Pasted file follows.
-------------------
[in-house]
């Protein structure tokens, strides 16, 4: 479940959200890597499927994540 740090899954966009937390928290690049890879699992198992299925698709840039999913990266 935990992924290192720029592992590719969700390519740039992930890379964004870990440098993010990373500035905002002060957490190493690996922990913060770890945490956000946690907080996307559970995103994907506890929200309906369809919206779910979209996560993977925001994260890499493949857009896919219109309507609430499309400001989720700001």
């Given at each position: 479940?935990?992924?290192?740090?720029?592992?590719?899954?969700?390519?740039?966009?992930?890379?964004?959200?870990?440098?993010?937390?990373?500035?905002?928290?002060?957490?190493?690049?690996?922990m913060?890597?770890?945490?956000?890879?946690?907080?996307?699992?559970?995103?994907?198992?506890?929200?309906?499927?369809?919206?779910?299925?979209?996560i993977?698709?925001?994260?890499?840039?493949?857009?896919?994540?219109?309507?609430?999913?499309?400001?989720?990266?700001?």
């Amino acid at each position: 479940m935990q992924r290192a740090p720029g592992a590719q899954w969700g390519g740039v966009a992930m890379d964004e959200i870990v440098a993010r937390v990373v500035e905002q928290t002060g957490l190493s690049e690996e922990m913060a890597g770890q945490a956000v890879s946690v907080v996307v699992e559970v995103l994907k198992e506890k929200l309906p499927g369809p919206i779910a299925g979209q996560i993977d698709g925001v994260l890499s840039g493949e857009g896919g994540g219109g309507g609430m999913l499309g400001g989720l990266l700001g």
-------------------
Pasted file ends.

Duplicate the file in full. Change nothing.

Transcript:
[in-house]
């Protein structure tokens, strides 16, 4: 479940959200890597499927994540 740090899954966009937390928290690049890879699992198992299925698709840039999913990266 935990992924290192720029592992590719969700390519740039992930890379964004870990440098993010990373500035905002002060957490190493690996922990913060770890945490956000946690907080996307559970995103994907506890929200309906369809919206779910979209996560993977925001994260890499493949857009896919219109309507609430499309400001989720700001």
């Given at each position: 479940?935990?992924?290192?740090?720029?592992?590719?899954?969700?390519?740039?966009?992930?890379?964004?959200?870990?440098?993010?937390?990373?500035?905002?928290?002060?957490?190493?690049?690996?922990m913060?890597?770890?945490?956000?890879?946690?907080?996307?699992?559970?995103?994907?198992?506890?929200?309906?499927?369809?919206?779910?299925?979209?996560i993977?698709?925001?994260?890499?840039?493949?857009?896919?994540?219109?309507?609430?999913?499309?400001?989720?990266?700001?």
């Amino acid at each position: 479940m935990q992924r290192a740090p720029g592992a590719q899954w969700g390519g740039v966009a992930m890379d964004e959200i870990v440098a993010r937390v990373v500035e905002q928290t002060g957490l190493s690049e690996e922990m913060a890597g770890q945490a956000v890879s946690v907080v996307v699992e559970v995103l994907k198992e506890k929200l309906p499927g369809p919206i779910a299925g979209q996560i993977d698709g925001v994260l890499s840039g493949e857009g896919g994540g219109g309507g609430m999913l499309g400001g989720l990266l700001g």